- Meeting abstract
- Open Access
Control and consequences of IL-6 receptor ectodomain shedding
© Scheller; licensee BioMed Central Ltd. 2014
- Published: 19 June 2014
- Stalk Region
- Gp130 Receptor
- Listeria Monocytogenes Infection
- Basolateral Sorting
- Gp130 Signal Transduce
Interleukin-6 type cytokines are mainly involved in inflammation by controlling differentiation, proliferation, migration, and apoptosis of target cells. A dysfunction of the complex regulatory cytokine network might lead to acute and chronic inflammation, autoimmune diseases or neoplastic disorders. IL-6 deficient mice were found to be resistant to collagen- and antigen-induced arthritis, highlighting the role of IL-6 in chronic inflammation and autoimmune diseases. The IL-6 receptor complex consists of the signal-transducing gp130 receptor and the non-signaling IL-6 receptor (IL-6R) which exists in membrane bound and soluble forms. A soluble form of the human IL-6R (sIL-6R) is mainly generated by limited proteolysis (ectodomain shedding) but also by alternative splicing. IL-6 signaling via the membrane-bound IL-6R and gp130 is called classic signaling, whereas IL-6 signaling via the soluble IL-6R and gp130 is referred to as IL-6 trans-signaling. Gp130 is ubiquitously expressed, whereas the membrane-bound IL-6R is mainly expressed on lymphocytes and hepatocytes. Therefore, IL-6 trans-signaling virtually expands IL-6 signaling to all cells of the body. Using the specific trans-signaling inhibitor soluble gp130 (sgp130), we showed that IL-6R ectodomain shedding which facilitates IL-6 trans-signaling is the crucial step in the development and the progression of chronic inflammatory disorders and inflammation-induced cancer.
Most post-transcriptional modifications such as phosphorylation, which control the fate and activity of proteins, are completely reversible. Proteolysis is exceptional because of its irreversible nature. The proteolytic release of membrane-anchored proteins was also called (ectodomain) shedding, and the responsible proteases were termed “sheddases” .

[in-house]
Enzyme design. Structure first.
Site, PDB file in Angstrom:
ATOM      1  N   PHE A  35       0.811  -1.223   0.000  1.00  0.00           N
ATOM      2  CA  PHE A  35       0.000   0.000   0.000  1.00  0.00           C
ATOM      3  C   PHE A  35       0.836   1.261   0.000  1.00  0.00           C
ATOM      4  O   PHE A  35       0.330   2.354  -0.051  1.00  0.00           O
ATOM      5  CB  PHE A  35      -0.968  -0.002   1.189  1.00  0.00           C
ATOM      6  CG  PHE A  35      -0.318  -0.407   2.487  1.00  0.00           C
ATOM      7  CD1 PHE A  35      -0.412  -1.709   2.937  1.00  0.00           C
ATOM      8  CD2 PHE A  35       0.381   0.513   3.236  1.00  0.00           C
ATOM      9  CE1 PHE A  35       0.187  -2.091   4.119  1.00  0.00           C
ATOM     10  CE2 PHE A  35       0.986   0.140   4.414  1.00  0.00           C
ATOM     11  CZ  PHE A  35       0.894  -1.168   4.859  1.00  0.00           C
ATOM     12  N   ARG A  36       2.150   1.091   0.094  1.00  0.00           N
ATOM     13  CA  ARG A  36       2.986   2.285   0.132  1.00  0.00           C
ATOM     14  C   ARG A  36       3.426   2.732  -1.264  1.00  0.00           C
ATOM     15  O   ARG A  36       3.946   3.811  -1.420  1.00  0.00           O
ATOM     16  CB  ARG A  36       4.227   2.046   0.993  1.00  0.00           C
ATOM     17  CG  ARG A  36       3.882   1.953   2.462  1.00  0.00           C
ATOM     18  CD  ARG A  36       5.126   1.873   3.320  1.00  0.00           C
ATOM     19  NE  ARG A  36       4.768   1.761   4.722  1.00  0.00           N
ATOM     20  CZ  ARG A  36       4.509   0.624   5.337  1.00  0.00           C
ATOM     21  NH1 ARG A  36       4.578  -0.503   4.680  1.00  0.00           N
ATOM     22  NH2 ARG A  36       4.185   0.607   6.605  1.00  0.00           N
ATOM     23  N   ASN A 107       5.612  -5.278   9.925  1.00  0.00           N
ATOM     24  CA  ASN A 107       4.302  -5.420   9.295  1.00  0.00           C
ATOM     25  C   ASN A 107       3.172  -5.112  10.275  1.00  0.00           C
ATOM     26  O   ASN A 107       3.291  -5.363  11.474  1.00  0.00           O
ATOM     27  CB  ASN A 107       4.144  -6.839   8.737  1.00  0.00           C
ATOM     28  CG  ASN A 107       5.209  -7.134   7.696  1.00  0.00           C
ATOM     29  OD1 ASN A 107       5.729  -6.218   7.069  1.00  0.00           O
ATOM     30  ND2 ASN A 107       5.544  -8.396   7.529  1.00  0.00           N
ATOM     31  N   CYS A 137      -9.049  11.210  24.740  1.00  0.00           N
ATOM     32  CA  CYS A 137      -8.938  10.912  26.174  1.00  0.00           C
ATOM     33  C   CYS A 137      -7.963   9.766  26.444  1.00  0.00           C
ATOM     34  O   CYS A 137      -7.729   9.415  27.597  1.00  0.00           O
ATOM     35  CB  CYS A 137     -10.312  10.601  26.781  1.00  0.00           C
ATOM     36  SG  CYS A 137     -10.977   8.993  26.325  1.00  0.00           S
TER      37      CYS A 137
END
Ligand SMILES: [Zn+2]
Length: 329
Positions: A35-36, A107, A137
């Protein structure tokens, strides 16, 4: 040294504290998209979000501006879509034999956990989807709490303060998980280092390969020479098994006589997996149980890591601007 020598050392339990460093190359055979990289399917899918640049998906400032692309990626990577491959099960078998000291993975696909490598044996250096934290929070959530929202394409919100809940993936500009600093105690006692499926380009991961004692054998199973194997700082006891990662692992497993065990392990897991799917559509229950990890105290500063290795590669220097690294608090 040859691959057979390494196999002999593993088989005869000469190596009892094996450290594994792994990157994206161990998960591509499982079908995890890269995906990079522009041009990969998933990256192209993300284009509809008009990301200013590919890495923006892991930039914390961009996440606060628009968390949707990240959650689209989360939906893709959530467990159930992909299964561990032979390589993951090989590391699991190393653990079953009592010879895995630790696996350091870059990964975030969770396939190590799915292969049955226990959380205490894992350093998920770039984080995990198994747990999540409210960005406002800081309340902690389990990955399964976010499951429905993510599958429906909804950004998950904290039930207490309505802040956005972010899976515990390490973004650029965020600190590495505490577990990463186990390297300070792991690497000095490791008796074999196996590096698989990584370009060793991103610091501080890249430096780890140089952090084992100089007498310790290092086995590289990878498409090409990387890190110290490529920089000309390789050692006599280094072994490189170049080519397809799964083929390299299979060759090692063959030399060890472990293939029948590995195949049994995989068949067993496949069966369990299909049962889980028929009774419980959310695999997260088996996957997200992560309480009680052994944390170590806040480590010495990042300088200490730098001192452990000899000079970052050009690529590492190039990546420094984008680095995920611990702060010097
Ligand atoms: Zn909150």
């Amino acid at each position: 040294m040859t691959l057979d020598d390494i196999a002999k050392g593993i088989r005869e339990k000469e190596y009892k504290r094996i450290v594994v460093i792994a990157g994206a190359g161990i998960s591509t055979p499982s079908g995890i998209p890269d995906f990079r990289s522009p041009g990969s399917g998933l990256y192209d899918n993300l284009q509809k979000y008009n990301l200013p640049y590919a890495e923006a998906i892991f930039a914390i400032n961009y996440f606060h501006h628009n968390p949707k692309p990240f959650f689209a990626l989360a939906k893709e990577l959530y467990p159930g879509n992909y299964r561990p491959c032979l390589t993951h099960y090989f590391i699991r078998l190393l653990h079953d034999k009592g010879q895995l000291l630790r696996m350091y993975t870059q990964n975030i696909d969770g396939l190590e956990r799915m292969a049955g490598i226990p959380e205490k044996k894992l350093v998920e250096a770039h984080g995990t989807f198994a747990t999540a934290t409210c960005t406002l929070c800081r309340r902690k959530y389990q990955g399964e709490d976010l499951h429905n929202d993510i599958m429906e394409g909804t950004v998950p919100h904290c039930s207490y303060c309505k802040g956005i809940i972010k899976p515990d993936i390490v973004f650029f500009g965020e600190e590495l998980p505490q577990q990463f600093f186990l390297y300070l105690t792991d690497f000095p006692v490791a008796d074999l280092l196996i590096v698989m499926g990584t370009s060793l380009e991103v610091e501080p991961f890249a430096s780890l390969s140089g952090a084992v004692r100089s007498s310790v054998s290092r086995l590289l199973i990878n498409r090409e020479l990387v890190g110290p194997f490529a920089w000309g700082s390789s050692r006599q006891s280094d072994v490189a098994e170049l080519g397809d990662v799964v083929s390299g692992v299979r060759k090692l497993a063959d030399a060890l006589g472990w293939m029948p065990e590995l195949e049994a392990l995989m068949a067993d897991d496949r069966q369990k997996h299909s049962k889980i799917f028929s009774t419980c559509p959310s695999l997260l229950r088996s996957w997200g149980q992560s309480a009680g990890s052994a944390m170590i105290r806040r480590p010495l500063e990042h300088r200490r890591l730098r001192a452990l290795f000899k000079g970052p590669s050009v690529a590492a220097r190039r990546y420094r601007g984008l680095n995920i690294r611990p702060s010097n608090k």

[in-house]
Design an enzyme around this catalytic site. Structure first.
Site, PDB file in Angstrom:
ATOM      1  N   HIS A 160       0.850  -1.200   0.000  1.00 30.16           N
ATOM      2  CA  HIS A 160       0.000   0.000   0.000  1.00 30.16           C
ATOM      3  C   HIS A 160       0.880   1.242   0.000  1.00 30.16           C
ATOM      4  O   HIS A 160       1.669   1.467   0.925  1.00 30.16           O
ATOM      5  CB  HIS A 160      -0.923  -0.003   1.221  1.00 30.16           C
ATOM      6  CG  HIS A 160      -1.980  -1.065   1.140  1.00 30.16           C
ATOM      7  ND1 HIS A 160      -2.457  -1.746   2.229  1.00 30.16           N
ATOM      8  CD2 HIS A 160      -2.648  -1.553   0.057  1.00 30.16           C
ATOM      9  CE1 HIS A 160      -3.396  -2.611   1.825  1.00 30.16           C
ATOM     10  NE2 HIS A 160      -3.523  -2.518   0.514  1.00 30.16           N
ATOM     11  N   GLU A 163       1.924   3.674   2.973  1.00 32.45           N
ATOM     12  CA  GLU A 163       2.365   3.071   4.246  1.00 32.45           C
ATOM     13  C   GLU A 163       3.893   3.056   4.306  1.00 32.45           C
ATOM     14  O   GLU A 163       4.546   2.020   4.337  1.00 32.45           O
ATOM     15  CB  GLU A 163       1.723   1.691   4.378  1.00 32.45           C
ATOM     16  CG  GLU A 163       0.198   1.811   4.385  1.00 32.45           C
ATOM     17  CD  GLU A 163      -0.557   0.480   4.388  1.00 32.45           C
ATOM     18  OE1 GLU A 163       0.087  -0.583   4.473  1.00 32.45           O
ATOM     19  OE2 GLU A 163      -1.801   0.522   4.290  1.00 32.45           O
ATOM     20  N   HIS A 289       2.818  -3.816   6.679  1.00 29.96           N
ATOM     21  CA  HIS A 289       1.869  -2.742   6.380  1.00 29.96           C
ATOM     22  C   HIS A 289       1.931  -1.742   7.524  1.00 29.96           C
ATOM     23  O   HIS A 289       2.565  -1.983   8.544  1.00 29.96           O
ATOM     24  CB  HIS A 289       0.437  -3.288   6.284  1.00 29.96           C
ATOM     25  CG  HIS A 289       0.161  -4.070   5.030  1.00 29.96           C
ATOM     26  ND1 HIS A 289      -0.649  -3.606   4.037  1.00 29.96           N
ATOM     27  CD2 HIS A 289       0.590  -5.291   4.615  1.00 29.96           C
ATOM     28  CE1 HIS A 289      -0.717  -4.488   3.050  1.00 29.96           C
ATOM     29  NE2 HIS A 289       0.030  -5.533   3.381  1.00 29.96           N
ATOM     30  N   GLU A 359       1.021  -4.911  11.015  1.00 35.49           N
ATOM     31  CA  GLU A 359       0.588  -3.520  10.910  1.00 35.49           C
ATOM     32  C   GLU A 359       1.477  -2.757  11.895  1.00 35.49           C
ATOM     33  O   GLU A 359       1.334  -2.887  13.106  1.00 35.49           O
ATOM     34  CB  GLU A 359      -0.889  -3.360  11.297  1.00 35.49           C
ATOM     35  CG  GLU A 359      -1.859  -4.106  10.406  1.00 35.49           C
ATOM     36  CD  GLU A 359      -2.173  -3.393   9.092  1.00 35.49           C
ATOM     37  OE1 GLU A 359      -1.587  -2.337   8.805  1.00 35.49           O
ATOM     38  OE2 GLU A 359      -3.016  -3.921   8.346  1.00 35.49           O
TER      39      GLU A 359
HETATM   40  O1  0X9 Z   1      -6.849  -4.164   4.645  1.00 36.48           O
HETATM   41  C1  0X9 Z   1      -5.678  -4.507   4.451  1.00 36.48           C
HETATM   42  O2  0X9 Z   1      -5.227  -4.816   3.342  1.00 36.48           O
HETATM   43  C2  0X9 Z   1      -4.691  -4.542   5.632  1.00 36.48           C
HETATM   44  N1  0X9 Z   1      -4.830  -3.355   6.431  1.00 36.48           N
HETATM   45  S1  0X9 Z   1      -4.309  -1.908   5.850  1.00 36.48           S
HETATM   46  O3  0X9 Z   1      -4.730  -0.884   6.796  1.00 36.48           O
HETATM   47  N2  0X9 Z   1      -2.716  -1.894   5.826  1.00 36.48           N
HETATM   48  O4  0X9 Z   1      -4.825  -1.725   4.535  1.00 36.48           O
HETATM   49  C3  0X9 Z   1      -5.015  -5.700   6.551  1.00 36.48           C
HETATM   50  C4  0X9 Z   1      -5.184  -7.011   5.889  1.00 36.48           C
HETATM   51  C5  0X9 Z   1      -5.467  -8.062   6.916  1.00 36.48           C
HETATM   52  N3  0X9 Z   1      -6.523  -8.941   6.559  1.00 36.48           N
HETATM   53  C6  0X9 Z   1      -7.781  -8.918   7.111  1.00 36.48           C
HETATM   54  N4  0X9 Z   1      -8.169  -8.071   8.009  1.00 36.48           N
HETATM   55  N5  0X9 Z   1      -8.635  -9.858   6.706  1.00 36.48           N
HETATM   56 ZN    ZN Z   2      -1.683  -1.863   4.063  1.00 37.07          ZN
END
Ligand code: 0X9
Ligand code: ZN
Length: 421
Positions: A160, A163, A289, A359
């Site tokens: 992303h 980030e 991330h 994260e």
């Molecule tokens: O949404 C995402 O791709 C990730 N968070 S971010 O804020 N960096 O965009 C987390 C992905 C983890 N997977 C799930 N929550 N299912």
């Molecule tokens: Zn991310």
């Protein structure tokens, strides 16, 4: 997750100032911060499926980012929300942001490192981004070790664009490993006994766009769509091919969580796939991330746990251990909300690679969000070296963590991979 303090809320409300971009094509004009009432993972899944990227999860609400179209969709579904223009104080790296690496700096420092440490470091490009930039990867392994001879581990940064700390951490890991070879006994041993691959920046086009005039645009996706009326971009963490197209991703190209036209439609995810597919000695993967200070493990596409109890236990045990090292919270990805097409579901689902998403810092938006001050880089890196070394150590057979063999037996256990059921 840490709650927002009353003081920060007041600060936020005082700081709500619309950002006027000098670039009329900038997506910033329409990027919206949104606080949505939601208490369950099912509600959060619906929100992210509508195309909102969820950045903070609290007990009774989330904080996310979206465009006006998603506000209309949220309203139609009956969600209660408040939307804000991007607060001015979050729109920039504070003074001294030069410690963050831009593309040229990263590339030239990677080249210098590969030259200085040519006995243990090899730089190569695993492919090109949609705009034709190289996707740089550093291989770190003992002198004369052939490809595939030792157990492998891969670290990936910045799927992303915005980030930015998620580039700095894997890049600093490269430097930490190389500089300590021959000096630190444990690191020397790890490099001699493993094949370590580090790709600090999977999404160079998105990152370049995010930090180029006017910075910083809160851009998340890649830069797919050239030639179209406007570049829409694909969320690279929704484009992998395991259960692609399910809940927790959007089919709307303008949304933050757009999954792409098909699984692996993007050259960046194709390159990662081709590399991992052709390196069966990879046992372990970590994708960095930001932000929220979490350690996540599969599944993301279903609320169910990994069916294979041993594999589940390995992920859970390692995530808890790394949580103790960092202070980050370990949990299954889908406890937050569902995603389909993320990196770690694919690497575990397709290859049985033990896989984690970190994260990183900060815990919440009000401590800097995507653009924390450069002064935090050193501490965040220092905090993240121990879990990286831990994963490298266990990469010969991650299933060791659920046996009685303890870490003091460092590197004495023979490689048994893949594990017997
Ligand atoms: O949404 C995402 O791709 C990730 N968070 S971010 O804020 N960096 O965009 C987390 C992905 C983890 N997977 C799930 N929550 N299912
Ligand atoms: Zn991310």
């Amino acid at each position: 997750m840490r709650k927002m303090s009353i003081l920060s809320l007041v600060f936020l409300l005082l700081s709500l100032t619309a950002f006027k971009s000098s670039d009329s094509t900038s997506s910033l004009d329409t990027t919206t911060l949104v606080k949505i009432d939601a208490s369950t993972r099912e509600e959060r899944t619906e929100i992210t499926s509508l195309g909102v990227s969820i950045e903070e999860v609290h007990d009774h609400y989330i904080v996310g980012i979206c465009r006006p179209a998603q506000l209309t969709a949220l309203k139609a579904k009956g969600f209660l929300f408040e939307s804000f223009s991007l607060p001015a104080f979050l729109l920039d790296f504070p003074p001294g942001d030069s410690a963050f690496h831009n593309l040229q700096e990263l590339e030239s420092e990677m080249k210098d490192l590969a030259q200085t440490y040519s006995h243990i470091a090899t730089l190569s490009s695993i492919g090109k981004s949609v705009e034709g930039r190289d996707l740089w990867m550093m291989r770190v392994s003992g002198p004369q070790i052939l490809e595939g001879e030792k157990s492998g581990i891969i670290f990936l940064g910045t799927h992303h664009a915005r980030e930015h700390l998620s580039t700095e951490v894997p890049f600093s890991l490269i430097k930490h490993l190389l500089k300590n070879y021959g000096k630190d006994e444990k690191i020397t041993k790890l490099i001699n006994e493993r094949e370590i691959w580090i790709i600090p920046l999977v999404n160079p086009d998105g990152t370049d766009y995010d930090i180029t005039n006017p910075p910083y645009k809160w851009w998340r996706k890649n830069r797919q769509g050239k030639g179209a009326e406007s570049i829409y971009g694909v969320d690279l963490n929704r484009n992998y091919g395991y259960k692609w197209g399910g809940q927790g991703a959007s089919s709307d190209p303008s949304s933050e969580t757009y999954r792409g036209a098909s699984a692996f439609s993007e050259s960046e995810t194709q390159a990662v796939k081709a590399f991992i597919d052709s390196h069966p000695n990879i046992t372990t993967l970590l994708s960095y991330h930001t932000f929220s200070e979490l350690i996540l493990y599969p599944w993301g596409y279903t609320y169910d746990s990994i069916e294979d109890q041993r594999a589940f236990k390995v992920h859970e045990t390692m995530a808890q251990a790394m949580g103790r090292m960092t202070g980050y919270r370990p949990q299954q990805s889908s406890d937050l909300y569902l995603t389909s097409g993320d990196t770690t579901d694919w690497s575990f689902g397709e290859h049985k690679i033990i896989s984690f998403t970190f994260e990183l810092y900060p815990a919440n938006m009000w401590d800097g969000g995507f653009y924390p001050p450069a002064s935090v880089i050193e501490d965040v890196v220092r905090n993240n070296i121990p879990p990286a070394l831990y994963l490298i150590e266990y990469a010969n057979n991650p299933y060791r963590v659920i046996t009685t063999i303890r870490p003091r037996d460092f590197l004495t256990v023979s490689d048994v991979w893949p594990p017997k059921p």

Ectodomain shedding of the IL-6R has two functional consequences. First, loss of membrane-bound IL-6R renders the cell non-responsive towards IL-6 classic signaling, thereby abrogating IL-6 signaling. Paradoxically, the generated soluble IL-6R (sIL-6R) itself is biologically active and can mediate IL-6 trans-signaling on cells expressing gp130. A high concentration of 25–50 ng/ml sIL-6R is found in the serum of healthy humans. Under pathophysiological conditions, sIL-6R levels rise up to three fold. The cellular source of the sIL-6R and the in vivo mechanism of its generation are still unclear. The vast majority (90–99%) of the sIL-6R should originate from ectodomain shedding of the membrane-bound precursor, whereas alternative splicing of the IL-6R mRNA is accounts only for a minor proportion (1–10%) .
The sIL-6R is generated by constitutive and induced shedding by the “A disintegrin and metalloproteinases” (ADAM)10 and ADAM17 . Recently, we characterized the structural requirements of IL-6R shedding on the site of the substrate . The IL-6R consists of three extracellular domains, important for efficient exocytosis and IL-6 binding. The extracellular domains are followed by a flexible, 52 amino acids long stalk region, a trans-membrane domain and an intracellular domain which regulate basolateral sorting of the IL-6R . The ADAM17 cleavage site was identified within the stalk region between the amino acids 357Q and 358D . Deletion of 10 amino acids surrounding the ADAM17 cleavage site abrogated ADAM17 shedding of the IL-6R but leaves ADAM10 shedding intact. This suggested that the ADAM10 cleavage site is located at a different site. Interestingly, ADAM proteases do not have defined cleavage consensus sequences, which hinder the identification of novel cleavage sites by substrate sequence analysis. Deletion of 5 additional juxtamembrane located amino acids in the aforementioned delta10 IL-6R variant abolishes also ADAM10-mediated ectodomain shedding of the IL-6R , suggesting that the ADAM10 cleavage site is in close proximity to the ADAM17 cleavage site. Importantly, both IL-6R variants (delta10 and delta15) are biologically active. Moreover, we showed that only about 20 of the 52 amino acids of the IL-6R stalk region are needed for biological activity of the IL-6R, which supported a model of the IL-6/IL-6R/gp130 signal transducing complex, in which the gp130 receptor chain has a C-shaped structure after IL-6/IL-6R/gp130 complex formation . In this model, the stalk region is necessary for the correct positioning of the IL-6-binding domains of the IL-6R in the signal transducing receptor complex.